Some federal student loans do not require good credit from applicants, including the Parent PLUS loan. They charge low interest rates and should be accessible to students who need financial aid. Some private lenders require good credit from borrowers to be approved for a student loan, but they also give them an opportunity to have better interest rates and a higher chance of being approved by filing with a co-signer.

Student Loan Tips

While it’s ideal not to be in debt by resorting to applying for a student loan for financial aid, most students need help in funding their tuition, living expenses, books and other miscellaneous fees while pursuing higher education. There are ways to find the best student loans that work for you depending on your needs, economic situation and repayment capabilities.

  • It is always recommended to start with what the government has to offer. Federal student loans have lower and fixed interest rates, and most do not require a good credit score from borrowers. They are also not based on your economic need or status. You can tap into the Stafford, Perkins or PLUS loan options to get financial aid.
  • Ask your school for other student loan options that are available to you including private lenders that can give you the needed aid to augment your financial needs.

Federal and private student loans have different terms for eligibility, interest rates and payment plans. Your choice of student loan must be determined by your ability to comply with their individual terms. Shop around and do your research to compare the interest rates and the payment plan from each lender and determine which has the most financial benefits in the long run.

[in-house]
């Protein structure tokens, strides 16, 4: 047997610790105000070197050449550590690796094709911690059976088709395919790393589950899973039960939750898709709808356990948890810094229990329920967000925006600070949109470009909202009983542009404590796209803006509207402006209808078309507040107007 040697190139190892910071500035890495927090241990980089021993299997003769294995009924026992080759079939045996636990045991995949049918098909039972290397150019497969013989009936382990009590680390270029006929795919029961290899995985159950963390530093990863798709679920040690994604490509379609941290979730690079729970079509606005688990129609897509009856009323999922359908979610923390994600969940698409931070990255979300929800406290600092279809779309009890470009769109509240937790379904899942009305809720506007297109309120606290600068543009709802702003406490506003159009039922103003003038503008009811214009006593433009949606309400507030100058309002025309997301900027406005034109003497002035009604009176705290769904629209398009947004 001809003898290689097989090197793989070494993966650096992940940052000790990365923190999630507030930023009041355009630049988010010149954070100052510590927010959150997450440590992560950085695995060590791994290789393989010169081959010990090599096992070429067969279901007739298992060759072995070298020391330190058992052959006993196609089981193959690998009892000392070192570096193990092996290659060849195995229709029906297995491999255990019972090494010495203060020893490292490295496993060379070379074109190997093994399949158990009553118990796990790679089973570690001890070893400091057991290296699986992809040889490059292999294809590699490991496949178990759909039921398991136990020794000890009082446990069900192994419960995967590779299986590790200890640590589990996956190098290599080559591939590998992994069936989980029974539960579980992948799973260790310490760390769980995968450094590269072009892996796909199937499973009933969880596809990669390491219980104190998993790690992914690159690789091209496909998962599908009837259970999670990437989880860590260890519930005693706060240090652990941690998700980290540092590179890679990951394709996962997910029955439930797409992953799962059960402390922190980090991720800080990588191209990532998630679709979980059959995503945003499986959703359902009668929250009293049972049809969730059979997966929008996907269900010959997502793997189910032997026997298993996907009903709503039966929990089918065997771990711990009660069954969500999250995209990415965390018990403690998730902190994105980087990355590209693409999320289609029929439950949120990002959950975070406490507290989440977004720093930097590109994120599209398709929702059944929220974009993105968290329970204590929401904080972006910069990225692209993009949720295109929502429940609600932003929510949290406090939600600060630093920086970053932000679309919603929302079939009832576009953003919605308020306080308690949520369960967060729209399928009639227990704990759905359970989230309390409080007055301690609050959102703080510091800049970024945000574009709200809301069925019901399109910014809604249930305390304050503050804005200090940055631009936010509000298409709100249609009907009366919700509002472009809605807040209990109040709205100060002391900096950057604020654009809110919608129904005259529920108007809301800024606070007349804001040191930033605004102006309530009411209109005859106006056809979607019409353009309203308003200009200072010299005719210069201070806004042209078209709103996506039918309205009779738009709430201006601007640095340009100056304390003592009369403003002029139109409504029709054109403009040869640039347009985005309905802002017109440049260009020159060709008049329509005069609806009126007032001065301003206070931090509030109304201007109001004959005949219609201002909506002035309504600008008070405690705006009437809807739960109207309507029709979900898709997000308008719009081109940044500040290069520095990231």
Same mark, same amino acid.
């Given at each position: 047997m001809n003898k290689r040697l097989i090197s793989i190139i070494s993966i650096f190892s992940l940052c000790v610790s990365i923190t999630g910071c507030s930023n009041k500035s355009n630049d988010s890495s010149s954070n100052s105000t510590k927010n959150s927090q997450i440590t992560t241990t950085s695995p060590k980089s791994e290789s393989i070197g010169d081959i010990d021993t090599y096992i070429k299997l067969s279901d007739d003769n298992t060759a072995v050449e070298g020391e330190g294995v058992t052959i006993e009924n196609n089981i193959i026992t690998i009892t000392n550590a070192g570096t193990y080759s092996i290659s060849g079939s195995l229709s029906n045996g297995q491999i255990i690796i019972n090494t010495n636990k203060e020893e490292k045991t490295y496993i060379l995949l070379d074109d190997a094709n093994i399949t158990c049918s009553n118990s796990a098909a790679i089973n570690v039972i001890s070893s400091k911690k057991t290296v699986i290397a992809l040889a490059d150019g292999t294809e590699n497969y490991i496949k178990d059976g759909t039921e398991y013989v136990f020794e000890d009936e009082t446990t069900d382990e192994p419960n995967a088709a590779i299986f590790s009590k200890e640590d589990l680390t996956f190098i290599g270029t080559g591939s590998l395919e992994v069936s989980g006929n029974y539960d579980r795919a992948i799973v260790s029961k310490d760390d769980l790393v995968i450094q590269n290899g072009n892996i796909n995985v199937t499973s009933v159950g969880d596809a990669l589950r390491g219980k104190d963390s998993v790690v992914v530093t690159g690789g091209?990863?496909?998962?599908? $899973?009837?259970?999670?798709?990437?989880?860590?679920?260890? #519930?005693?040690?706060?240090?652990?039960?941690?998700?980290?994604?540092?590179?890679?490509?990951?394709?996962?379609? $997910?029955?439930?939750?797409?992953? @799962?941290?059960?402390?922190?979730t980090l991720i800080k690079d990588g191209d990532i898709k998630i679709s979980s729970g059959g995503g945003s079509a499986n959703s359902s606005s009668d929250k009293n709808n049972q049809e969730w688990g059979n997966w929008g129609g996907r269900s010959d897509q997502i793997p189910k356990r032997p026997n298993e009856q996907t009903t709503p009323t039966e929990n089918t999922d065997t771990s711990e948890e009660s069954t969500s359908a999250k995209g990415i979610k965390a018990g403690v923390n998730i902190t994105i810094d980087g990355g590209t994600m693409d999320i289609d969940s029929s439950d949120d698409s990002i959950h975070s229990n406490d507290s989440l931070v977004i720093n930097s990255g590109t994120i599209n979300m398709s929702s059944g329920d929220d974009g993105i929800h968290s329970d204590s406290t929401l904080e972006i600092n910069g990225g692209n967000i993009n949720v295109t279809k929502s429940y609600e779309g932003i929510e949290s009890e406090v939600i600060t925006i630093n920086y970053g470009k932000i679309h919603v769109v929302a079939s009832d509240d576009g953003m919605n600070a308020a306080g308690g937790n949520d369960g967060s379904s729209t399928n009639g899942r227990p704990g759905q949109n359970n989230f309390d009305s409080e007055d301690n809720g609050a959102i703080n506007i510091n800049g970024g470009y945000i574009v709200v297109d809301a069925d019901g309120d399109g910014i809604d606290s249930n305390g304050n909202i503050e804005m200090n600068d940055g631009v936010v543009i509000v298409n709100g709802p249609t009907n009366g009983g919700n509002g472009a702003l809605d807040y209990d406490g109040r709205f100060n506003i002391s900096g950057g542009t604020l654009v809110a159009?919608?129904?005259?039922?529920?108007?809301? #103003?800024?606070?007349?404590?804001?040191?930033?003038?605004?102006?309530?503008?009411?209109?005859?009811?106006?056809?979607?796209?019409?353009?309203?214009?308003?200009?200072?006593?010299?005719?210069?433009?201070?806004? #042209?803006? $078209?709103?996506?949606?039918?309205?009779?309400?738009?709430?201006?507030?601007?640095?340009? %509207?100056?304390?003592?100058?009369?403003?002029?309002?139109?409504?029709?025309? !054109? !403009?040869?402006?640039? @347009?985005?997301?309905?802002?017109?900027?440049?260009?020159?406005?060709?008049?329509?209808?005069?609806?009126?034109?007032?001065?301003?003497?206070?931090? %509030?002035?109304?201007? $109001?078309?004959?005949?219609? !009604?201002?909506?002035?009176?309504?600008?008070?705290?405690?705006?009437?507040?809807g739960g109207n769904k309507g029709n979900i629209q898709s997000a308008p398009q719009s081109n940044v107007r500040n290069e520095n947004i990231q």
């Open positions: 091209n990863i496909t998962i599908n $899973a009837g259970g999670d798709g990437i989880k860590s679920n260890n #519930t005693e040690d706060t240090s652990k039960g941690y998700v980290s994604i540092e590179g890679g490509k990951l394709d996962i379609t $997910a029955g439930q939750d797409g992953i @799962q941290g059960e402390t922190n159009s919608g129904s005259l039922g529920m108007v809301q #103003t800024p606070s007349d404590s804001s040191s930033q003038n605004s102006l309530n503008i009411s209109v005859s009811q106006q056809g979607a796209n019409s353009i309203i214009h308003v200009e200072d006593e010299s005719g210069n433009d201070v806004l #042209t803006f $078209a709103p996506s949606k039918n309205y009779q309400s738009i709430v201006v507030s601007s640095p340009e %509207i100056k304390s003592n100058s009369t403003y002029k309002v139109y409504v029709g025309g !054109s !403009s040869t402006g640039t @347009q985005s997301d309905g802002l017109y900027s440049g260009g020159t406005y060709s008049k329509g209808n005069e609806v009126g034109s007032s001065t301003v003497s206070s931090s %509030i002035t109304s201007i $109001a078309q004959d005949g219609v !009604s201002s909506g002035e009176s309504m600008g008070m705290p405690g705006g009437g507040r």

• Assess the eligibility requirements and determine if you are able to meet them.
  • If eligible, apply for a federal loan first.
  • If you need to apply for a student loan from a private lender, make sure you have a co-signer with a good credit score if you don’t have a good credit score or if you want to have a better interest rate. Ask if you have the option to remove your co-signer in the future and the terms surrounding such action.
  • Compare the financial aid offered by lenders and the interest rate associated with each of them. Determine which is feasible for you. Do not choose a large aid with a large interest rate and a payment plan that does not suit your financial status and might jeopardize your payment capabilities in the long run.
  • Do not borrow more than you need. The less loan premium and shorter repayment period, the less you will be in debt.
  • If uncertain, ask your financial advisor or lender. You never know what is available to you that can lower your interest rates or shorten your repayment plan until you have exhausted all your options.
  • Read the fine print and know what you are signing for. Know your monthly premium, your interest rates and how long you have to pay. Be wary of hidden fees and terms that will get you in an unfavorable financial situation while paying for your loan.
  • Ask if you can start paying your loan in little amounts while you are still in school. Doing so may significantly reduce your payments after graduation.
  • Get a part-time job while in school to pay in increments or save up in time for your student loan repayment. Doing so will put you in a better financial stance when you start paying for your student loan.